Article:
In the fourth inning of the New York Yankees’ 4-2 win over the Seattle Mariners on Wednesday night, Masahiro Tanaka struck out Endy Chavez with a wicked splitter. With that, Yankees play-by-play man Bob Lorenz noted, Tanaka became just the fifth pitcher since 1900 to strike out 100 batters in his first 13 games.
One of the others? Hideo Nomo.
That’s significant because Nomo, another much-hyped Japanese import, crossed the Pacific with big expectations trailing him. And like Nomo, Tanaka has surpassed the hype.
Tanaka reached another important milestone in leading the Yankees to victory at Safeco Field: He won his 10th game, becoming the second pitcher this season to do so after the Toronto Blue Jays' Mark Buehrle.
A Jacoby Ellsbury RBI single in the third inning and a three-run home run from Mark Teixeira in the fifth provided more than enough run support for Tanaka, who punched out 11 Mariners and carried a shutout into the ninth inning before former Yankee Robinson Cano smacked a two-run homer.
In the end, it was academic; Tanaka brushed off Cano’s bomb and recorded the final two outs for his second complete game of the season.
Even with the home run Tanaka’s ERA remains a stingy 2.02. He now sits at 10-1, prompting the question: Where would the Yankees, who sit a mere two games over .500 at 33-31 even after Wednesday night’s win, be without their ace?
Each time he’s taken the hill, Tanaka has turned in a quality start, meaning he’s lasted at least six innings and allowed no more than three earned runs. Usually, he’s done much better than that—and the Yankees have gone 11-2 in those starts.
Yankees skipper Joe Girardi stated the obvious before the game to the New York Daily News’ Mark Feinsand, saying, “We like when he’s out there.”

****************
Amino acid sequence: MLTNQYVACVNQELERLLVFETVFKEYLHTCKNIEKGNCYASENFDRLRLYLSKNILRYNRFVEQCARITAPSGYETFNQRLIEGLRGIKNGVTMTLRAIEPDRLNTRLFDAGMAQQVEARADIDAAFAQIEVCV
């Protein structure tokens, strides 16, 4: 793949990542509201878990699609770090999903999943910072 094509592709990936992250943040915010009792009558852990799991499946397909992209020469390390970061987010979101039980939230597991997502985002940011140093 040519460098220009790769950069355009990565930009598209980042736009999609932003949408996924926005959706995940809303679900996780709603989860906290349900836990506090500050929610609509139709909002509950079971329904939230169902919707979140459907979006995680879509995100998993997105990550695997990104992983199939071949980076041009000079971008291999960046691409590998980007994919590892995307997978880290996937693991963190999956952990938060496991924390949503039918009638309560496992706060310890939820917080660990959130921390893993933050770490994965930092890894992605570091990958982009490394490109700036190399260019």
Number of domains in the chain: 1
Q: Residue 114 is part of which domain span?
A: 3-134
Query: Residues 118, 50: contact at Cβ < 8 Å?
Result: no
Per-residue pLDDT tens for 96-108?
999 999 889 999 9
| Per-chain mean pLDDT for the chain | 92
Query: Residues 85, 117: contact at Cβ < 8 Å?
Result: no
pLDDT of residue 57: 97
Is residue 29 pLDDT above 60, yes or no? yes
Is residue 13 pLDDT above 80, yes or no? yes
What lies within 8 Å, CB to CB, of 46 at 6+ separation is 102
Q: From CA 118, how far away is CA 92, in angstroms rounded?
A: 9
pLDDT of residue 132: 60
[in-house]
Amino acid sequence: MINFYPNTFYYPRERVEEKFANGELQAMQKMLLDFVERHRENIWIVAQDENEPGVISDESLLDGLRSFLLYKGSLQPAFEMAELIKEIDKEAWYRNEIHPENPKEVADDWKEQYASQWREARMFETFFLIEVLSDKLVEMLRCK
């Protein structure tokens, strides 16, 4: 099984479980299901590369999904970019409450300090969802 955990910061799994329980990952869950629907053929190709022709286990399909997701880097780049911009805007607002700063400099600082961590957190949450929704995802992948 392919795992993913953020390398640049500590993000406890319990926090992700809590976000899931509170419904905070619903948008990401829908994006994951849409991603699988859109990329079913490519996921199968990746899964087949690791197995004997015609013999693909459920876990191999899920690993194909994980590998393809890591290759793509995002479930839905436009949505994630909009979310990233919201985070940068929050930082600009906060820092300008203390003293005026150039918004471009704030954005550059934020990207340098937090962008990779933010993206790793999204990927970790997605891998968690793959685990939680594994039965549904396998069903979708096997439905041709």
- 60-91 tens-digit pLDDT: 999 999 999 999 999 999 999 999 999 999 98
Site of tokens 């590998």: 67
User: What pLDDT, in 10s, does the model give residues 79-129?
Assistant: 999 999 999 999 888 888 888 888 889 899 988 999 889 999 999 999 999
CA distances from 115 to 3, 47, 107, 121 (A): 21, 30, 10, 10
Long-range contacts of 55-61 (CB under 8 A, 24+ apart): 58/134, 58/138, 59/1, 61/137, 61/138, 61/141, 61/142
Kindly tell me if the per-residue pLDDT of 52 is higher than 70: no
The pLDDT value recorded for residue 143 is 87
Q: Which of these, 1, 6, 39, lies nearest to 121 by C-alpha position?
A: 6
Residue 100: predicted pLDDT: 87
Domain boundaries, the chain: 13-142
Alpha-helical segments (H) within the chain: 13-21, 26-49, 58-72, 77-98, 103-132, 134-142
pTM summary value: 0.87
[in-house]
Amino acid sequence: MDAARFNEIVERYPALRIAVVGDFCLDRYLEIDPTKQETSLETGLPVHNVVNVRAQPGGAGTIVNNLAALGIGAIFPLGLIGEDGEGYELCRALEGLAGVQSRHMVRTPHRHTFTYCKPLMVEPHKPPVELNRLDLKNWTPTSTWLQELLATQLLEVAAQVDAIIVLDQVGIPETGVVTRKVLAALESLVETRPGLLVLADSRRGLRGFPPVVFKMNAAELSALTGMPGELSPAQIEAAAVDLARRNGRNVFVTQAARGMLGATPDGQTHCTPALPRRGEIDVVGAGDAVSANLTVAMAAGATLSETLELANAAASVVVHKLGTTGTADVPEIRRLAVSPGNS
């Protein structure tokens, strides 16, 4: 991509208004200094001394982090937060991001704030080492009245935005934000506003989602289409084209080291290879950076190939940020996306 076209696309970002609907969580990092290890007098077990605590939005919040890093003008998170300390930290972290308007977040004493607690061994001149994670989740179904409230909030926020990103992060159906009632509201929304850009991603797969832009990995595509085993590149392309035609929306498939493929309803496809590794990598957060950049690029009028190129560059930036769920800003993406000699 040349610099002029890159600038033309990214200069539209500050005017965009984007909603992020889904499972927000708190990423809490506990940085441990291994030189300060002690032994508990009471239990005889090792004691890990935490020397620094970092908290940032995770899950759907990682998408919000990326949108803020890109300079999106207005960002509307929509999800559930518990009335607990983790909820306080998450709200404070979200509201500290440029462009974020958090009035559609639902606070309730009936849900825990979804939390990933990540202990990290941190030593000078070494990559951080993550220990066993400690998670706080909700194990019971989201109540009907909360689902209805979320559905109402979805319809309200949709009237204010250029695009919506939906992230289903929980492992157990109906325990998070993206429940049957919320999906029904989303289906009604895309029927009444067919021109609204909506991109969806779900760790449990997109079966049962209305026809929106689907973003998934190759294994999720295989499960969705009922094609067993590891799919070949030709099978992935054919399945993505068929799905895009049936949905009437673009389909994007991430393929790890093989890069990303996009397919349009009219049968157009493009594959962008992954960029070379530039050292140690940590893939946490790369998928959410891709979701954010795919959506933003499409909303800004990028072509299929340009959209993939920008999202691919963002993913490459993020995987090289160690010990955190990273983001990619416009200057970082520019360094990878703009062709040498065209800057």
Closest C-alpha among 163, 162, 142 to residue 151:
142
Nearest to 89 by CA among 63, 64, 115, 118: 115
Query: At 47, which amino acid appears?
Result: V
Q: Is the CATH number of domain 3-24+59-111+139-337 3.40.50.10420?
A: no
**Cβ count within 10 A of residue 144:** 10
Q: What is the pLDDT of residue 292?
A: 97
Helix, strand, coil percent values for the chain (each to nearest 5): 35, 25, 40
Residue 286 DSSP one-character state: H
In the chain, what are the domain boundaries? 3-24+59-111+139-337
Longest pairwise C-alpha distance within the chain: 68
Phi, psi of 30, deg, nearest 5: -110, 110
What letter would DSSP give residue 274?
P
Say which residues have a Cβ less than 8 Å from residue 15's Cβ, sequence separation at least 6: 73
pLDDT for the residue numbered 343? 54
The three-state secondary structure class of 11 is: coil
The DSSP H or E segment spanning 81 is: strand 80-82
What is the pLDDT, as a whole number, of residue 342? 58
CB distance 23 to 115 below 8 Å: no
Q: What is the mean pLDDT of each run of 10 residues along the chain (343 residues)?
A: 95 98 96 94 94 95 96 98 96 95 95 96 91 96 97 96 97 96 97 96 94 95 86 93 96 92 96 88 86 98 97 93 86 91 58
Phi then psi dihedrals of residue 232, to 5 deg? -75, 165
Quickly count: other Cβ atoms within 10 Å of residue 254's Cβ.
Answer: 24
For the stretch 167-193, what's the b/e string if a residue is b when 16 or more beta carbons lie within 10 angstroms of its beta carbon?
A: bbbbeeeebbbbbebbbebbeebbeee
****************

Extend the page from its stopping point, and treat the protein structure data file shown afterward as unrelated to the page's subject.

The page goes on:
“That’s how he’s been pitching. He’s pitched like that pretty much every time out,” said Derek Jeter of his club’s new star, per CBS Sports. “He mixes his pitches up and he’s a handful to deal with.”
Jeter himself hit a milestone in Wednesday’s win, stealing his 350th and 351st bases and further padding his Hall of Fame resume.
But the night belonged to Tanaka, who retired the first 10 batters he faced and allowed only a pair of singles to James Jones and Kyle Seager through the first seven innings.
Even as the Mariners mounted a threat in the eighth and plated their only runs in the ninth, the outcome never seemed in doubt. That’s how good Tanaka has been.
It’s only June, but barring a major setback, Tanaka looks like a lock to win American League Rookie of the Year honors (which Nomo also did in the National League in 1995) and is the clear AL Cy Young front-runner.
He’s delivered on his promise, he’s made big league hitters look silly and he’s kept the Yankees above water. In short, he’s blown away the hype like it was Endy Chavez waving haplessly at a wicked splitter.
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